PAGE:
When the ball goes out of play
When the ball goes out of play, it comes back into play in one of four ways:

1. Throw-in
A ball kicked (or touched, deflected, etc.) over the touchline results in a throw-in for the other team
A throw-in is taken with both feet on the ground, behind or touching the touchline, with two hands from behind and over the head
See “Spririt of the laws” below for another tip

2. Goal Kick
A ball kicked by an attacking player over the goal line of the opposing team (and isn’t a goal) results in a goal kick for the defending team
The goal kick may be taken from anywhere inside the goal area
NOTE: When a goalkeeper stops a shot, s/he may release the ball into play by kicking or throwing it (this is NOT a goal kick)

3. Corner Kick
A ball kicked by a defending player over its team’s goal line (and isn’t a goal) results in a corner kick for the attacking team

4. Kick-off
A kick-off is used to start the game, to restart after a goal, or to restart after half-time
The ball must move forward
A goal may be scored directly from a kick-off

U6 plays 15-minute halves and U8 plays 20-minute halves, with breaks for substitutions approximately half way into the first half and again half way into the second half.  There is a nice table that shows all this for all divisions on the referees page.

The referee waits for a natural stoppage (i.e, goal, throw-in, corner, goal kick, foul) to stop the game for substitutions and then restart according to the reason for the stoppage.

In U8, each player is only allowed to be in goal for one quarter of the game.  In U10, each player is only allowed to be in goal for one half of the game.  This restriction is intended to help ensure everyone gets a chance to play and develop their skills in all positions even if they “just want to be the goalkpeer”.  In U12 and older, there are no restrictions, and in U6 there are no goalkeepers.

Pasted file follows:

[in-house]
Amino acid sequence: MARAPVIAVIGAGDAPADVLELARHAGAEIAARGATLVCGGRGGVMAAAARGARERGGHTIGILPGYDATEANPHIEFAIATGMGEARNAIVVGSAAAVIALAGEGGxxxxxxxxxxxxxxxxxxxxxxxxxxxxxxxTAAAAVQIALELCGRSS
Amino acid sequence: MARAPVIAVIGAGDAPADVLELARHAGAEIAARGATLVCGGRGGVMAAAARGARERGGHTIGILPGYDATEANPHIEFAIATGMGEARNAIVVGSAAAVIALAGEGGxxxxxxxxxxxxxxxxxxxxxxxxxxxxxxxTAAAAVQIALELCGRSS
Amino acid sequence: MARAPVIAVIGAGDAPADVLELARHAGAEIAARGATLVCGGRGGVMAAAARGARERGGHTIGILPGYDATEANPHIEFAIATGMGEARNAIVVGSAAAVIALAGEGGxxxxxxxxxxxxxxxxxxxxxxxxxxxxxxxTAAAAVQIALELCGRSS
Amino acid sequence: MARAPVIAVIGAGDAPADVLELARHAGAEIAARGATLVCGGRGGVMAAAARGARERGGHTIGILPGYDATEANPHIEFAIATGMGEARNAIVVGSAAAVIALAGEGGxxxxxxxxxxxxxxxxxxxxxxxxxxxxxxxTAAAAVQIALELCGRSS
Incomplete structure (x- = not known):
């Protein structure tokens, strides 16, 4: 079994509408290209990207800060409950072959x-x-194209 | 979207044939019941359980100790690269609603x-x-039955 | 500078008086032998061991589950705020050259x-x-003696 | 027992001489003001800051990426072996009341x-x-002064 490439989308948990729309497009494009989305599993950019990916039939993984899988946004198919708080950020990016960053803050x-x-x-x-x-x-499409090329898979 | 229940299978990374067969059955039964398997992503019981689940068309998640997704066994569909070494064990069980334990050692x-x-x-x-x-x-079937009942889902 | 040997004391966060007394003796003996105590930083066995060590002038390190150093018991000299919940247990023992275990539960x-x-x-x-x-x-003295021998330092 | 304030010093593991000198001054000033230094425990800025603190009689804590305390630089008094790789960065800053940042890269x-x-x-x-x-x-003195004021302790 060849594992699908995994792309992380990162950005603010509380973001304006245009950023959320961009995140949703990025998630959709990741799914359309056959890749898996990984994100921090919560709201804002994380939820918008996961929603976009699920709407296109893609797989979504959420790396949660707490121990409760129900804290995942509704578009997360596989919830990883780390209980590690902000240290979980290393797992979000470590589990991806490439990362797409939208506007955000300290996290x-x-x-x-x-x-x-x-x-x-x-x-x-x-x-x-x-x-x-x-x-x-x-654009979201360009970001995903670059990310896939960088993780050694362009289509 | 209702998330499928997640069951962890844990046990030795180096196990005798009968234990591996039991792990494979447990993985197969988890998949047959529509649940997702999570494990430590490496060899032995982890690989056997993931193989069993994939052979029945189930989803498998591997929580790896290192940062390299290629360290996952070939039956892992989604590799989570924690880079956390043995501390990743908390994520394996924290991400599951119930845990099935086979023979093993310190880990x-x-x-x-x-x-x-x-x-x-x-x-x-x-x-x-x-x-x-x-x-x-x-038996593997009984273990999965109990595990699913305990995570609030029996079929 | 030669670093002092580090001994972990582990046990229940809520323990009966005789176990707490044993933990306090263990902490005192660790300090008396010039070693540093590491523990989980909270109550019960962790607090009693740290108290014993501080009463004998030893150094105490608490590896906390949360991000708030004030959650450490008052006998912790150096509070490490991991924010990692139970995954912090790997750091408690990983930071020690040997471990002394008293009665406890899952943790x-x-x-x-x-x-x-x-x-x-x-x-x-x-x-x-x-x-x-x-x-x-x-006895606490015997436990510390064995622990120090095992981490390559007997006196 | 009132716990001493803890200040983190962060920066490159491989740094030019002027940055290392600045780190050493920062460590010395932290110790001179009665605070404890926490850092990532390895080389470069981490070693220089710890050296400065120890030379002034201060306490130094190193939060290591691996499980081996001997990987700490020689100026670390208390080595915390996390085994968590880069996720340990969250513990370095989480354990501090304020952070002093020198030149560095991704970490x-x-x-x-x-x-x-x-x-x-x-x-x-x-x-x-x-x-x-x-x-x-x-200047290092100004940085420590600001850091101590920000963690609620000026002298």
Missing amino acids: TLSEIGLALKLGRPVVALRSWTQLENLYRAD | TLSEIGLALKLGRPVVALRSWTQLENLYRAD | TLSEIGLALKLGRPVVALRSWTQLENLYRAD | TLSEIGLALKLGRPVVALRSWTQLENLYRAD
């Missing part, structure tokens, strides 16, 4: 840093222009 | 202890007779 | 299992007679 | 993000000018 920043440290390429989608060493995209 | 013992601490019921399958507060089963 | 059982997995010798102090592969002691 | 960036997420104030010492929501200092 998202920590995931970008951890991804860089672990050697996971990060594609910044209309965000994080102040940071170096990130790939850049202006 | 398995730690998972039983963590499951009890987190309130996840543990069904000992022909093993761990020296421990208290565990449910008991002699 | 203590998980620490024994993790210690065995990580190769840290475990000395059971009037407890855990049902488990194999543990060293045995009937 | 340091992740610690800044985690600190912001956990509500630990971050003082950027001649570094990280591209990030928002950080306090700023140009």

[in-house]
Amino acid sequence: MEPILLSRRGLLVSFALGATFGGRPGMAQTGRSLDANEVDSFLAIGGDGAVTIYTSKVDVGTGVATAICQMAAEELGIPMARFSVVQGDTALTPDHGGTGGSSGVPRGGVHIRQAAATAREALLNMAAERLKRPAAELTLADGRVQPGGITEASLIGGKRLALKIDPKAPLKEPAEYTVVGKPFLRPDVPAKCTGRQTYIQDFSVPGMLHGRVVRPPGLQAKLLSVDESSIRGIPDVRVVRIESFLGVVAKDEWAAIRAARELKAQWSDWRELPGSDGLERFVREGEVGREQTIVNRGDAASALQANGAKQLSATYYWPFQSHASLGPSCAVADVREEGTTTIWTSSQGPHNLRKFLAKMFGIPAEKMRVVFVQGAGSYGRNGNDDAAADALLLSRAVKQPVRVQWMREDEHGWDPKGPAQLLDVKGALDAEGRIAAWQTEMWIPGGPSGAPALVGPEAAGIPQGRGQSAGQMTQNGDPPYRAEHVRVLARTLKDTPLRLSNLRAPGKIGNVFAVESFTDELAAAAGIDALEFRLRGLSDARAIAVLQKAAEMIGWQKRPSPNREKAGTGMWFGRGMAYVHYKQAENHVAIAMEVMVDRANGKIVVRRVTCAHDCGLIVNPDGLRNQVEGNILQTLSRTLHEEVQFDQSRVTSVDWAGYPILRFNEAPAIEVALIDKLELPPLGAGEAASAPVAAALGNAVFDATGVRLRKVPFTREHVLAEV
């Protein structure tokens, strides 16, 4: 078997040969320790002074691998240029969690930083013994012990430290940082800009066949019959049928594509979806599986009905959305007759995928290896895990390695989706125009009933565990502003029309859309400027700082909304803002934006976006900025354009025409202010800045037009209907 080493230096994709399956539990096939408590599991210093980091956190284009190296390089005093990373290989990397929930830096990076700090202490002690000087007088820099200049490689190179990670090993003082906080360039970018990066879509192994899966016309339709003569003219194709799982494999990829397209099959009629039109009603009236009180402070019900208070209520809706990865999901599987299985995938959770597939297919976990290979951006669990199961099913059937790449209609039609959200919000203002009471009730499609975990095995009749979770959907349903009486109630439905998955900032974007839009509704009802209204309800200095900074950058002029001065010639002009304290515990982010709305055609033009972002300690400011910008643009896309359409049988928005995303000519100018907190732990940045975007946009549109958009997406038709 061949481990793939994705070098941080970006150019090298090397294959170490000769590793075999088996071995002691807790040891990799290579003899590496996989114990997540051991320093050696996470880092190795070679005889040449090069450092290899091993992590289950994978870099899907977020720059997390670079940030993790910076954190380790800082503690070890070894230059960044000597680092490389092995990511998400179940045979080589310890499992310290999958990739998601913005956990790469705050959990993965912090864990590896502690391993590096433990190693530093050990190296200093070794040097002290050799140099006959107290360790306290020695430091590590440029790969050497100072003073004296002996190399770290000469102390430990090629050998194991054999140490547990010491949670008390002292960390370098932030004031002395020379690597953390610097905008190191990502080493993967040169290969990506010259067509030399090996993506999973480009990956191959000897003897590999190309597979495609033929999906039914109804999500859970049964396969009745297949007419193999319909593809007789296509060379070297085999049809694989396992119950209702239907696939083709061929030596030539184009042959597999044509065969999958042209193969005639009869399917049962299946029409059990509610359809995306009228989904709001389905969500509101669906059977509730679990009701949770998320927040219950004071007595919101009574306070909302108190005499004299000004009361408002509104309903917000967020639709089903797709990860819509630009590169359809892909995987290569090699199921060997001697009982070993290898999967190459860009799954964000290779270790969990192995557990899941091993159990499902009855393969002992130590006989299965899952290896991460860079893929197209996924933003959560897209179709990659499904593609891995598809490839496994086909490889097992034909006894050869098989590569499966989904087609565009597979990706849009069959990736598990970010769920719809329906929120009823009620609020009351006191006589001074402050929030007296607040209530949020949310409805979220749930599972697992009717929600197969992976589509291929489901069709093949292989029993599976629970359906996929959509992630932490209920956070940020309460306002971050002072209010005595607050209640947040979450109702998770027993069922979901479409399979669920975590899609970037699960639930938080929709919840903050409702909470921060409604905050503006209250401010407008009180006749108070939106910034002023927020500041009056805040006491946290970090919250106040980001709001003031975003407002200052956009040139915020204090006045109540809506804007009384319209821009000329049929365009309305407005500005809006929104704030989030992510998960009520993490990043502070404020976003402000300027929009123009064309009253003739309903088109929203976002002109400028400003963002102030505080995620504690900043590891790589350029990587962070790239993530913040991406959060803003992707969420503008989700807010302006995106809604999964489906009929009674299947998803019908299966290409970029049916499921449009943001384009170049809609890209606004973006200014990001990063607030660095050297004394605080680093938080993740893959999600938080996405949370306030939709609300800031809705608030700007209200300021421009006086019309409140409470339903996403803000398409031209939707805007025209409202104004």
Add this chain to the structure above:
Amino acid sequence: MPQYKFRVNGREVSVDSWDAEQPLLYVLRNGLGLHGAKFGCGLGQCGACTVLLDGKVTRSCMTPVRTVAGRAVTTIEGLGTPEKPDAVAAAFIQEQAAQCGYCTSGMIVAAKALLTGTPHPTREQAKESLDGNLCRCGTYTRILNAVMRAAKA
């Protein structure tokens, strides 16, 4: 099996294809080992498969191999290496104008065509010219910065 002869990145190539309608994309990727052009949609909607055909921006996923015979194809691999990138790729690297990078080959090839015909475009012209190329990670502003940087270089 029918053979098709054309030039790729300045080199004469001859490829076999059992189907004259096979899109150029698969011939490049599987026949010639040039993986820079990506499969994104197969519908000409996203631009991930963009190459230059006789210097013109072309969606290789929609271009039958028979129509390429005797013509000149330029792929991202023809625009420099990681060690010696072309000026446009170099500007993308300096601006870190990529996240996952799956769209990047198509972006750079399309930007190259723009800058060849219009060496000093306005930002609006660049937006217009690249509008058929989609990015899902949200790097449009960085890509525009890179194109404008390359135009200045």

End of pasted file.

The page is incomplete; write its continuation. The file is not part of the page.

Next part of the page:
We don’t call offside in U6 or U8 so don’t even worry about it.  If you’re curious, read this.

Offside is called in U10 and older divisions.  If you don’t know about offside, read this.

A player who tries to kick the ball near the face of an opponent has committed a foul
A player who tries to kick the ball while the goalkeeper has possession of the ball has committed a foul
Except for “handball”, fouls don’t have to be deliberate – for example, accidentally tripping an opponent is still a foul
U6 and U8: all fouls result in direct free kicks (meaning that a goal may be scored directly from the kick) and there are no penalty kicks.
Note that this is a very high level view of fouls in soccer.  If you want more, please come join us in referee training.

Fouls: “Handball”
There is no such thing as “Handball”, so you can stop shouting it now 🙂
A player who deliberately handles the ball, except for the goalkeeper inside his own penalty area, has committed a foul
A child who uses his or her arms to protect himself or herself from being hit by a ball is NOT a “handball” in U6 or U8 (and often in U10 and even older divisions).
The key word is “deliberate”!  Read more here

Double touch
The player putting the ball back into play via throw-in, goal kick, corner kick, free kick, or kick-off may not touch the ball again until it is touched by another player

The Spirit of the Laws
The referee’s job is to make the game safe and fair, for the maximum enjoyment of the players and spectators
Don’t get too picky on throw-ins in U6, U8, and U10. they’re just learning…

There is more formal stuff here about the Regional Guidelines for U6 and U8 Divisions

There is loads of other stuff and contacts in the referee department here